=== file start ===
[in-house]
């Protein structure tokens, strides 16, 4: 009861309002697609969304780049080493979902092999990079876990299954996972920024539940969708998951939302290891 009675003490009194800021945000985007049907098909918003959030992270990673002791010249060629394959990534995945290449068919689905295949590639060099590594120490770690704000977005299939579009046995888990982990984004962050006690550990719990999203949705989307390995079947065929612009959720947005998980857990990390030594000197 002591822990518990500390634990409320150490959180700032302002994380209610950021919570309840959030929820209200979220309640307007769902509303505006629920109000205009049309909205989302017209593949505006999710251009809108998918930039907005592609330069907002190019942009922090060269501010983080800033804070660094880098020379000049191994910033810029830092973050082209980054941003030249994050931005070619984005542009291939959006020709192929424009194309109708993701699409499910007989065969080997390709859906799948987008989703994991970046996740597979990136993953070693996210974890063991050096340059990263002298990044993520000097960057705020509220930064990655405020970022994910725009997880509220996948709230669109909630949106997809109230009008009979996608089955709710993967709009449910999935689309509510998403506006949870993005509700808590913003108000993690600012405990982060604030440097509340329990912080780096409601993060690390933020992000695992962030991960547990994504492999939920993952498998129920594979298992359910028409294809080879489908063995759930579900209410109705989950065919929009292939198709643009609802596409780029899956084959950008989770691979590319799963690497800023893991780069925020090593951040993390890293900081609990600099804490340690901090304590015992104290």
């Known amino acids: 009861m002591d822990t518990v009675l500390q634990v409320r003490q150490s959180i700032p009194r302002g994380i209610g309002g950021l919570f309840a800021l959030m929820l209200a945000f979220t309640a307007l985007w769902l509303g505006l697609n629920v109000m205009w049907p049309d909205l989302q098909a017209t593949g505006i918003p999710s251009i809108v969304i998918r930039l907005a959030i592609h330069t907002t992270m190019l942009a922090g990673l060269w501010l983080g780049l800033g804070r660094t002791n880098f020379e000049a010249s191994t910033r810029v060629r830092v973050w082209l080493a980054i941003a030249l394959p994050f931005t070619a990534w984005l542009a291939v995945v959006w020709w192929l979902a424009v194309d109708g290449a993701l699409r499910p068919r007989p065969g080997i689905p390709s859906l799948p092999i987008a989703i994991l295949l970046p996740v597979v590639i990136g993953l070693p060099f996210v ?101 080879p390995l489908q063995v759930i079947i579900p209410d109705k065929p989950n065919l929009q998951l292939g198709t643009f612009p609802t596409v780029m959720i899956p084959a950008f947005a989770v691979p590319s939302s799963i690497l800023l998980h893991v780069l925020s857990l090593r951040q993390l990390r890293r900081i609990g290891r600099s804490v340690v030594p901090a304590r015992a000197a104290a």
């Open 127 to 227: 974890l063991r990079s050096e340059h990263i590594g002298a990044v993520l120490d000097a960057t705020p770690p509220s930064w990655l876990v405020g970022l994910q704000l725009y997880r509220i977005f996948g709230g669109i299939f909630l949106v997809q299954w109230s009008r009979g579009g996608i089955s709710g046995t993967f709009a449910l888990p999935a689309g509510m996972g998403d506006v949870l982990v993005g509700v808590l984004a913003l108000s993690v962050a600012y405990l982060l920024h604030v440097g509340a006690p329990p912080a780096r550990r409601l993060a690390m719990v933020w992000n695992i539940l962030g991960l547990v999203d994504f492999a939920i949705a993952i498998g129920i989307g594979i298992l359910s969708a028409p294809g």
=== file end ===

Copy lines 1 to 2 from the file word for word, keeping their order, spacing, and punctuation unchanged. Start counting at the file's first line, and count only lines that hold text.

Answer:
[in-house]
């Protein structure tokens, strides 16, 4: 009861309002697609969304780049080493979902092999990079876990299954996972920024539940969708998951939302290891 009675003490009194800021945000985007049907098909918003959030992270990673002791010249060629394959990534995945290449068919689905295949590639060099590594120490770690704000977005299939579009046995888990982990984004962050006690550990719990999203949705989307390995079947065929612009959720947005998980857990990390030594000197 002591822990518990500390634990409320150490959180700032302002994380209610950021919570309840959030929820209200979220309640307007769902509303505006629920109000205009049309909205989302017209593949505006999710251009809108998918930039907005592609330069907002190019942009922090060269501010983080800033804070660094880098020379000049191994910033810029830092973050082209980054941003030249994050931005070619984005542009291939959006020709192929424009194309109708993701699409499910007989065969080997390709859906799948987008989703994991970046996740597979990136993953070693996210974890063991050096340059990263002298990044993520000097960057705020509220930064990655405020970022994910725009997880509220996948709230669109909630949106997809109230009008009979996608089955709710993967709009449910999935689309509510998403506006949870993005509700808590913003108000993690600012405990982060604030440097509340329990912080780096409601993060690390933020992000695992962030991960547990994504492999939920993952498998129920594979298992359910028409294809080879489908063995759930579900209410109705989950065919929009292939198709643009609802596409780029899956084959950008989770691979590319799963690497800023893991780069925020090593951040993390890293900081609990600099804490340690901090304590015992104290």